May 25, 2011 - 12:00am

Israeli settlers living in the West Bank expressed their disappointment on Wednesday regarding Israeli Prime Minister Benjamin Netanyahu's U.S. Congressional address, where he suggested Israel would be willing to swap land with Palestinians in exchange for peace.

"His discourse was ambivalent," Danny Dayan, Head of the Council of Jewish Communities in the West Bank told Xinhua.

"He tried to cause an impact saying that the Jewish people belong in Judea and Samaria (the West Bank) and then he said he would be willing to give up some of our land," Dayan said, adding that "The possibility that some of our communities fall under the Palestinian territory is very unfortunate and unrealistic."

The possibility of a pull out, like that of Gaza in 2005, is grimly viewed by many settlers, who consider the settlements as rightful Israeli communities, towns and cities.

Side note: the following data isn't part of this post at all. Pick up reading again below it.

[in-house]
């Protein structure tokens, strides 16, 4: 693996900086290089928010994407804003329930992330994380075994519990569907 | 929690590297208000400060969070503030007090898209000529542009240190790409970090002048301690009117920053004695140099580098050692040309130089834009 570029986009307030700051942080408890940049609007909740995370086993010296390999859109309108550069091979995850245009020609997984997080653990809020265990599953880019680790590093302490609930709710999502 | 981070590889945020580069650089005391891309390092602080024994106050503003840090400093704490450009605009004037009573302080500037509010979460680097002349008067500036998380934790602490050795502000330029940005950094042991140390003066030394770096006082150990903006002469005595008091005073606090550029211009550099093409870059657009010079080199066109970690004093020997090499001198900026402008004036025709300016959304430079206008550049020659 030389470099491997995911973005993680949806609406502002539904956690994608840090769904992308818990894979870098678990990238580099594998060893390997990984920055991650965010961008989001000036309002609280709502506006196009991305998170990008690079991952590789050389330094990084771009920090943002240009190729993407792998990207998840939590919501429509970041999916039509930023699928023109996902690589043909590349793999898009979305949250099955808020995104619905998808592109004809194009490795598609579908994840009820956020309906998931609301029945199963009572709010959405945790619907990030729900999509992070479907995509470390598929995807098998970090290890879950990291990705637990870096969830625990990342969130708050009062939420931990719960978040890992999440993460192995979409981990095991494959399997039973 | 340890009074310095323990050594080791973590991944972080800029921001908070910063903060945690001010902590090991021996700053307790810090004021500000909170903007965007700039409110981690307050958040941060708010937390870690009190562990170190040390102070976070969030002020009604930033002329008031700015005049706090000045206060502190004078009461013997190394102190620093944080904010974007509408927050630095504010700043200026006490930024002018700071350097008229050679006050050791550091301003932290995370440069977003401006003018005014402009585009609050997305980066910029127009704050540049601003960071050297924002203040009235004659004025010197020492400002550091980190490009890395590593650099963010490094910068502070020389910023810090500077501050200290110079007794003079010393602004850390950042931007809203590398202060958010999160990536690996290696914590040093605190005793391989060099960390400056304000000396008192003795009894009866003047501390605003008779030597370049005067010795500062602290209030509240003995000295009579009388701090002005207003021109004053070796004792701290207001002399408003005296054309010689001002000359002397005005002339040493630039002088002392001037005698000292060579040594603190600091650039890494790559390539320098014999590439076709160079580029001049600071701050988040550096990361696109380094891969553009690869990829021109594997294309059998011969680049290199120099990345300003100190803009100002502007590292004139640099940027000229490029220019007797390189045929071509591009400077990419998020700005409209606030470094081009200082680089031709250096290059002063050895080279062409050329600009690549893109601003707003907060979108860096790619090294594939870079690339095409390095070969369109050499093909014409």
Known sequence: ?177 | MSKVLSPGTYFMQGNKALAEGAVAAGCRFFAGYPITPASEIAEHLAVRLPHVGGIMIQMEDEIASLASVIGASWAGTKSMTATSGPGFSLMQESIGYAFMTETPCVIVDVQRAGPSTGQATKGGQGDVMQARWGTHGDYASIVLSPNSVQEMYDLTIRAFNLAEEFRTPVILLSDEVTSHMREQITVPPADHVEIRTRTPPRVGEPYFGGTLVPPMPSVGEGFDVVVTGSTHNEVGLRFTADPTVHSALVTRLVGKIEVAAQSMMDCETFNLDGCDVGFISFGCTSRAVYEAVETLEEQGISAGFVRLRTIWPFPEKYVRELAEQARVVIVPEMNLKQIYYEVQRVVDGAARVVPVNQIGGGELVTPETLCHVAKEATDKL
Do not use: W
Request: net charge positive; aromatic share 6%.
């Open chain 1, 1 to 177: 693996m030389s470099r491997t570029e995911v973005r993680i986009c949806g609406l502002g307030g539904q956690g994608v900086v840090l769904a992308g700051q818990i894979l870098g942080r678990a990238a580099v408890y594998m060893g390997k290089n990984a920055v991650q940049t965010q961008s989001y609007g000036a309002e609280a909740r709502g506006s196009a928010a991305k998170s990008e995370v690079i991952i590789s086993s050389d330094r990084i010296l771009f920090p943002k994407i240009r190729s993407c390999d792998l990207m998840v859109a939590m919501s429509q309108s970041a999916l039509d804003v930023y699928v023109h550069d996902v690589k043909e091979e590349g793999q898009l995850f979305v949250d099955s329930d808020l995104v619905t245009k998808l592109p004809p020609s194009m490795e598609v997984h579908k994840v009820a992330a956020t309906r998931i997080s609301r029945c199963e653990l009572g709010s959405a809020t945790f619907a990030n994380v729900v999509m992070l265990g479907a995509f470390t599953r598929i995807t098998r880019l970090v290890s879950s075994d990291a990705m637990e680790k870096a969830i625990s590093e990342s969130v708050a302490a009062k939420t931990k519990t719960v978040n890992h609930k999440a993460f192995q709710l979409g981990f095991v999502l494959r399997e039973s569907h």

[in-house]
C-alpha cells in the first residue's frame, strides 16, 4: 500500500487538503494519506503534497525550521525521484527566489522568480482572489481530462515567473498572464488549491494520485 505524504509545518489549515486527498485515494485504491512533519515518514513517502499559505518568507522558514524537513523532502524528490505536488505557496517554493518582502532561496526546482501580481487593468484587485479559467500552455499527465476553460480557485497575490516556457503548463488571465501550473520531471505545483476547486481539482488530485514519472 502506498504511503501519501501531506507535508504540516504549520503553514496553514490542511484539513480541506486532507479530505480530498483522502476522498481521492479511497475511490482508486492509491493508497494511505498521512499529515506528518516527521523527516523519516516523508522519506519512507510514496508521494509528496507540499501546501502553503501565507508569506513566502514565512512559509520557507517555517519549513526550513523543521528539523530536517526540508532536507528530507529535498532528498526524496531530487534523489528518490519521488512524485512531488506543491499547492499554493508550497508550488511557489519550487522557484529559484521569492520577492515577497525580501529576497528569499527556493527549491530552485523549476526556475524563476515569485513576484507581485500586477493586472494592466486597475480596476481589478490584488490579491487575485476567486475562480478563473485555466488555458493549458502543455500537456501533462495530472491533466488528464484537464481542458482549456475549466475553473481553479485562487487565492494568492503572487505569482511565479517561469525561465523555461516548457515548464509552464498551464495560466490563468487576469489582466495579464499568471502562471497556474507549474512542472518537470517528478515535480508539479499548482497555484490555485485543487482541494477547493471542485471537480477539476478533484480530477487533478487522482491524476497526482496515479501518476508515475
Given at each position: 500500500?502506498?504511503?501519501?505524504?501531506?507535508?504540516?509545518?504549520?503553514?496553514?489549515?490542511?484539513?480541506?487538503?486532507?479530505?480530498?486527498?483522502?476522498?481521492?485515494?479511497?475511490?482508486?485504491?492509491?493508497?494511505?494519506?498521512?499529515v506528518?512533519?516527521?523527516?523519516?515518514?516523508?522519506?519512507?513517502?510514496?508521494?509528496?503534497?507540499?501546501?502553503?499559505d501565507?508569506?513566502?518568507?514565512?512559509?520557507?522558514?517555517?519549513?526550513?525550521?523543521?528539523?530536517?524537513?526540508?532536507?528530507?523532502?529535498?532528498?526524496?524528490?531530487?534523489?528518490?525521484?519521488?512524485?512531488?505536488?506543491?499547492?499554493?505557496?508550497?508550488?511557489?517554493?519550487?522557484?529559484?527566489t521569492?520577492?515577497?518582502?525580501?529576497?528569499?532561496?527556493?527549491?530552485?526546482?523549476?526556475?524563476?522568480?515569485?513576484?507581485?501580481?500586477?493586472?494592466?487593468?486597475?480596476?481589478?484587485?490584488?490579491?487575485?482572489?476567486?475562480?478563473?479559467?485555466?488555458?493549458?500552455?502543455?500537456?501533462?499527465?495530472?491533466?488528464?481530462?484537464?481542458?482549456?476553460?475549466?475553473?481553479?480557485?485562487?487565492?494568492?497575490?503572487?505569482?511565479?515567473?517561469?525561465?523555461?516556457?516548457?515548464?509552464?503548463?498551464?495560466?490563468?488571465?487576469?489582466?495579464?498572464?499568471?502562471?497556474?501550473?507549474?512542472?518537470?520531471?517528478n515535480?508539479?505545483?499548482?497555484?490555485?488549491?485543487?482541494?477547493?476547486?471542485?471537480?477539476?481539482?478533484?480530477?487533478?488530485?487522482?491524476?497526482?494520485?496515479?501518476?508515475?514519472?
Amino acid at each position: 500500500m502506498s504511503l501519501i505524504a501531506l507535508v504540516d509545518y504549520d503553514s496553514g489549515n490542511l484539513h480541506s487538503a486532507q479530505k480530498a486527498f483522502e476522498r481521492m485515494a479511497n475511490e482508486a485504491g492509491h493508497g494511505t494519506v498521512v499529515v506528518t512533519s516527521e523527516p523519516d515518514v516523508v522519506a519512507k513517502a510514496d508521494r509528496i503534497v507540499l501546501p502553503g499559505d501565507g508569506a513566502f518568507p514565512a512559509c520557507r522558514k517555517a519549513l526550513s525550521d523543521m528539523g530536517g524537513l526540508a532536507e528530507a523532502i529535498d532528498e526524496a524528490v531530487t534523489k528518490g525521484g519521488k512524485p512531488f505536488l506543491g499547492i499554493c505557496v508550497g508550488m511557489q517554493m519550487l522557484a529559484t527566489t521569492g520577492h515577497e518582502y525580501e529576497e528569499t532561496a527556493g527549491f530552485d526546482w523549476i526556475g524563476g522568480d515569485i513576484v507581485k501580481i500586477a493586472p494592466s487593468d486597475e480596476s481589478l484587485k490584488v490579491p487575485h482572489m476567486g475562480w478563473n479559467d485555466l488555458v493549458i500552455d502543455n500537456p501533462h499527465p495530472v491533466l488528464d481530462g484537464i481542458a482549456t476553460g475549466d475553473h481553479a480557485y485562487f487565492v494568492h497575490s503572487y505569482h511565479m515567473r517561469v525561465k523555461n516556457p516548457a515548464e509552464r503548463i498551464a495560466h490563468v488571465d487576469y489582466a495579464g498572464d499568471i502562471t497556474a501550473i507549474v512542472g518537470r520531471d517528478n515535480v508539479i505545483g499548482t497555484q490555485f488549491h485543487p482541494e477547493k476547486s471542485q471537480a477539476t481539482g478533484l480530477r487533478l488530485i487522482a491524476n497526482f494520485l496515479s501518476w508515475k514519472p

"I don't think it will happen in the end," Dayan said, "but it' s discouraging."

Many of the settlers claim that if the Palestinian state is finally founded, they would never be really accepted in Palestine even if offered citizenship.

Netanyahu's speech raised hackles among right-wing lawmakers, who voiced their discontent about the concessions Israel would make in a future deal with the Palestinians. The outline of the proposed plan presented by Netanyahu would include Israel handing over parts of its territory to the Palestinians.

"We were elected to safeguard, not 'hand over'," Danny Danon from Netanyahu's own Likud Party said in derision the proposed land swaps.

During a meeting with Likud members last week, Danon called on Netanyahu "to impose Israeli sovereignty over Judea and Samaria ( the West Bank)."

"There was no real need for Netanyahu to declare that he is ready to give the Arabs large pieces of the homeland," he told Israel Radio, "and nothing aside from weakness and defeatism required him to announce that in a peace deal that he will abandon Jewish towns outside the borders of the state."

The opposition Kadima Party slammed Netanyahu's speech, pointing out that he would eventually be judged by his actions, and not his oratory.

Kadima member Yoel Hasson said that the prime minister's speech before Congress was "an election commercial."


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